The European Union’s immigration commissioner says the bloc has the “tools, the means, and the power” to force EU member states to accept Islamic migrants.
Dimitris Avramopoulos, Greece’s commissioner for the EU’s “Common Immigration and Asylum Policy,” made the comments during a visit to Poland, which refuses to accept economic migrants into their country.
“If we don’t have tangible efforts by September… the Commission will not hesitate to make use of its power,” he warned.
Avramopoulos’ comments are the latest of a string of threats made by European officials to countries who challenge the EU’s migrant quotas meant to offset the 160,000 migrants from Italy and Greece by September.
“The Commission might start infraction procedures and we will certainly consider that,” said European Commission Vice-President Frans Timmermans last month, adding that “peer pressure” would eventually convince countries to adopt the policy.
The Commission, the unelected executive arm of the EU, has even threatened to fine member states €250,000 for every migrant they refuse to settle in order to “fairly and equally” distribute thousands of migrants across the continent.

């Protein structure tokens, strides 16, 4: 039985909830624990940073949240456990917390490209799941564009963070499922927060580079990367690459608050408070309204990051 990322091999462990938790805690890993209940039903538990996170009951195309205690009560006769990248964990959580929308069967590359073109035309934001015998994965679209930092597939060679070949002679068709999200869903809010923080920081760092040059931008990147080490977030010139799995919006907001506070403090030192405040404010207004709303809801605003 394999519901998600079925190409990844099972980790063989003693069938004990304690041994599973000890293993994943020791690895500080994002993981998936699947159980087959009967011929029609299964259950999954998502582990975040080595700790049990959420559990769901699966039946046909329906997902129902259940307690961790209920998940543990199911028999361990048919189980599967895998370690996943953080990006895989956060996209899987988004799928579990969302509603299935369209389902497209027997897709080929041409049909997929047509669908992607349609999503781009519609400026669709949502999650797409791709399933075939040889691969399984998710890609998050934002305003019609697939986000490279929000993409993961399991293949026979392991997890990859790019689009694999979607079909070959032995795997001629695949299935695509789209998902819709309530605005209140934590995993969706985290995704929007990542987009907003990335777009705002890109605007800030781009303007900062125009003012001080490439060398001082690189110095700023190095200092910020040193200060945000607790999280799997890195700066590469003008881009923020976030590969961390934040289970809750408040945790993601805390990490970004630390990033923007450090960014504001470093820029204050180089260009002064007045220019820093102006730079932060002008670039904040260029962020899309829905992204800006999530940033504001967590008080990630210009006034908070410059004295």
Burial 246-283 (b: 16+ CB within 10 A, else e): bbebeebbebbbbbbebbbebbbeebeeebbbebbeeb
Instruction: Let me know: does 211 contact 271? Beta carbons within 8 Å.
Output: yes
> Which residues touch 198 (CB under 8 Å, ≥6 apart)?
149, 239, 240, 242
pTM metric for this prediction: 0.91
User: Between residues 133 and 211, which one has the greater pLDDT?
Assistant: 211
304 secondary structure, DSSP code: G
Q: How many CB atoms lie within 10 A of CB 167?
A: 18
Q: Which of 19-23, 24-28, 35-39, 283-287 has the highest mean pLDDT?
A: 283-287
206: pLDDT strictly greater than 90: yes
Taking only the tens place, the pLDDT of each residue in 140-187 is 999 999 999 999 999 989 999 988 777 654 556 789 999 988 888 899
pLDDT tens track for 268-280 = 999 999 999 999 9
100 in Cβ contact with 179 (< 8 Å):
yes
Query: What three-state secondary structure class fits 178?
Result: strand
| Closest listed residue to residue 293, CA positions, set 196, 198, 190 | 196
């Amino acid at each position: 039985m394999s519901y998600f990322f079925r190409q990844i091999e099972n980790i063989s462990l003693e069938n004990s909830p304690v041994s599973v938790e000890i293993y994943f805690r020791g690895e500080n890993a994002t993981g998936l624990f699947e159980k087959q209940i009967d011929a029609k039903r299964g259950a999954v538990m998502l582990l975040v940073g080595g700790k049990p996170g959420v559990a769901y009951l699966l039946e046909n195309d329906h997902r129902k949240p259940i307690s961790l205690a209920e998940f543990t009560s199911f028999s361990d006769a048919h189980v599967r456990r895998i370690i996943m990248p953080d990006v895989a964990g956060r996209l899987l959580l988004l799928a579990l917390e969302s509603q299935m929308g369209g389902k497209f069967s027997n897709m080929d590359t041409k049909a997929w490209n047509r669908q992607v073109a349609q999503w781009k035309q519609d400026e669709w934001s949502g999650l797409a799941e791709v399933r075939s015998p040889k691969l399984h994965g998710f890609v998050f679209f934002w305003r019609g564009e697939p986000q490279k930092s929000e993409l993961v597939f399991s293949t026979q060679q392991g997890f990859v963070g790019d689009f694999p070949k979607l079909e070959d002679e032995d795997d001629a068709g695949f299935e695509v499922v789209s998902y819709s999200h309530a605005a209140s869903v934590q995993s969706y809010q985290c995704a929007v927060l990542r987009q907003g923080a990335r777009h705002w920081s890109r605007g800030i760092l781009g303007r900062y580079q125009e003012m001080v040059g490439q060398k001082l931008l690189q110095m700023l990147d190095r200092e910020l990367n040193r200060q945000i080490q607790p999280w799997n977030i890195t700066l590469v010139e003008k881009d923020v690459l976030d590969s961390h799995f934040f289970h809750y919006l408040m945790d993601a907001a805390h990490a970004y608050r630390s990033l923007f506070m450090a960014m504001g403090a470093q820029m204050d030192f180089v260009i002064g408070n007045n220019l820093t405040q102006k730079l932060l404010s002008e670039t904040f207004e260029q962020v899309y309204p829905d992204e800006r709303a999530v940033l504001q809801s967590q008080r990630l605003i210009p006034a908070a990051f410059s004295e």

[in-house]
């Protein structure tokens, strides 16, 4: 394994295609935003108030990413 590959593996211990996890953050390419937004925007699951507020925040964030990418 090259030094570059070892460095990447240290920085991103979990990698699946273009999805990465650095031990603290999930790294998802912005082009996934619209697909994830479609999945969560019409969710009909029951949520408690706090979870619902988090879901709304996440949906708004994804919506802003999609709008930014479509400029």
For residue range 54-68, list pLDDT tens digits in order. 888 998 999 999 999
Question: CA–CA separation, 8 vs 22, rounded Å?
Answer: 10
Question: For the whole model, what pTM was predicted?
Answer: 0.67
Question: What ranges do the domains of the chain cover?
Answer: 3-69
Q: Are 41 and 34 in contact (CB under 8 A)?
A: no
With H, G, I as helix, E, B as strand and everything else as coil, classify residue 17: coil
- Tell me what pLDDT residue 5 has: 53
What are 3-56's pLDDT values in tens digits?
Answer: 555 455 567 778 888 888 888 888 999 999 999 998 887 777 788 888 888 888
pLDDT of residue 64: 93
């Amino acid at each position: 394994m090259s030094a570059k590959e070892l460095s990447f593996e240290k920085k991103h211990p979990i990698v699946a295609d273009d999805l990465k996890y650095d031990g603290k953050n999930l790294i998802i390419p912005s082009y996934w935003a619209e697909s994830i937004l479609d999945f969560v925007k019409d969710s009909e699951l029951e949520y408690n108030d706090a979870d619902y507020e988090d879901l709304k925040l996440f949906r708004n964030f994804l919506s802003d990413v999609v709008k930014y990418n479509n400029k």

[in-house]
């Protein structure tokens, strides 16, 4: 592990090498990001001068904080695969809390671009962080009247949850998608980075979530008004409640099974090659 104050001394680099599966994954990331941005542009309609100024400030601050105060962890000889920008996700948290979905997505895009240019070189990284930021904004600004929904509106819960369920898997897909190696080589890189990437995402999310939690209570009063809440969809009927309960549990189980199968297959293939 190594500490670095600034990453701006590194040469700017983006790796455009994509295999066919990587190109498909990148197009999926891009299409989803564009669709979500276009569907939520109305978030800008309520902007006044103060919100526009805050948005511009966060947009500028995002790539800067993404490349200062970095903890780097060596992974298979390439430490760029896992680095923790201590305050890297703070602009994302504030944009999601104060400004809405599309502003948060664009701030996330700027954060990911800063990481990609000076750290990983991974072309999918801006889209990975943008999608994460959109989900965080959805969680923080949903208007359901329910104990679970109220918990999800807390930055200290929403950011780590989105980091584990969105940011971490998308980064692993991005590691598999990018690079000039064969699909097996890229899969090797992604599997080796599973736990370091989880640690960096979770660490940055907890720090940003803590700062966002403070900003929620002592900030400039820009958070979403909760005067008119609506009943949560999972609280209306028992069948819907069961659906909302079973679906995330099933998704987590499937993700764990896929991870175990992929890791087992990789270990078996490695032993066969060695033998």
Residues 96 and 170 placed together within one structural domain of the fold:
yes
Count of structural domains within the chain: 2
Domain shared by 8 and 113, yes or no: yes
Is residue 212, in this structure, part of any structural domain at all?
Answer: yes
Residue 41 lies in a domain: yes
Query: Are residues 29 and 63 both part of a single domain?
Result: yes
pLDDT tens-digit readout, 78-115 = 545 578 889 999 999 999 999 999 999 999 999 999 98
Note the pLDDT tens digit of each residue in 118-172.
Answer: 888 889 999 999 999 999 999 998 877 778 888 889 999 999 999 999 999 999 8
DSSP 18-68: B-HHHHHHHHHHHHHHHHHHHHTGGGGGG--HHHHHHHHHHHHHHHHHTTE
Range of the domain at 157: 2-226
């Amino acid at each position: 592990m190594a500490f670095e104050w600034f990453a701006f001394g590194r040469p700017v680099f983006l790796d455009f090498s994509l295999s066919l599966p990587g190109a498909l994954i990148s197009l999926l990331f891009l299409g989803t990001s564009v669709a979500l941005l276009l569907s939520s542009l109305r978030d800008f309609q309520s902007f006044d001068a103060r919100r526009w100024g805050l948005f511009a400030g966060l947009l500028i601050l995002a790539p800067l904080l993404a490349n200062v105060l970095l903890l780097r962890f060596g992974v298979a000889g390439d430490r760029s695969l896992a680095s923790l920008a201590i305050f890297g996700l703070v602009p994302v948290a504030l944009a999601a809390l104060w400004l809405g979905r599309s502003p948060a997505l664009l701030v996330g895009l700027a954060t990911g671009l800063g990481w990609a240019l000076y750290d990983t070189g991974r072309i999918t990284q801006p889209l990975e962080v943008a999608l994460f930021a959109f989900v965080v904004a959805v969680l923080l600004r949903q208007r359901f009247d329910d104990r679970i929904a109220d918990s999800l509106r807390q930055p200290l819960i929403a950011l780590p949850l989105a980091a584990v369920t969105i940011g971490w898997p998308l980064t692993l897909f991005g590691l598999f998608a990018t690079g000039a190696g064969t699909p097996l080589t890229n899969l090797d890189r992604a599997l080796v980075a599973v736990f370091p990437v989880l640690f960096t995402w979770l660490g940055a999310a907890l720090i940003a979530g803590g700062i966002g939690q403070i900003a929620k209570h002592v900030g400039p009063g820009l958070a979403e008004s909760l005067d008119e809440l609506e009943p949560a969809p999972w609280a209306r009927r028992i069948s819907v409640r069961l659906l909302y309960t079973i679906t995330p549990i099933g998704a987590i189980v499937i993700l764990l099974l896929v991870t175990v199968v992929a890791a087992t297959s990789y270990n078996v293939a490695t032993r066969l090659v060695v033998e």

The EU’s foreign policy chief Federica Mogherini announced last month that the bloc had no intention of sealing the borders to reduce the flow of migrants.
“Let me be totally clear from the very beginning: Europe does not and will not close its doors,” she said.
“I believe Europeans should understand that we need migration for our economies and our welfare systems, with the current demographic trend we have to be sustainable.”
Hungary, another defiant EU member, recently passed a measure forcing all asylum-seekers into detention camps outside the country’s border while they wait for their cases to be heard.
“In this situation the Hungarian standpoint in firm: the external borders of the European Union must be protected and hotspots for the evaluation of asylum requests must be established outside of the EU,” said György Bakondi, Security Advisor to the Hungarian PM in January.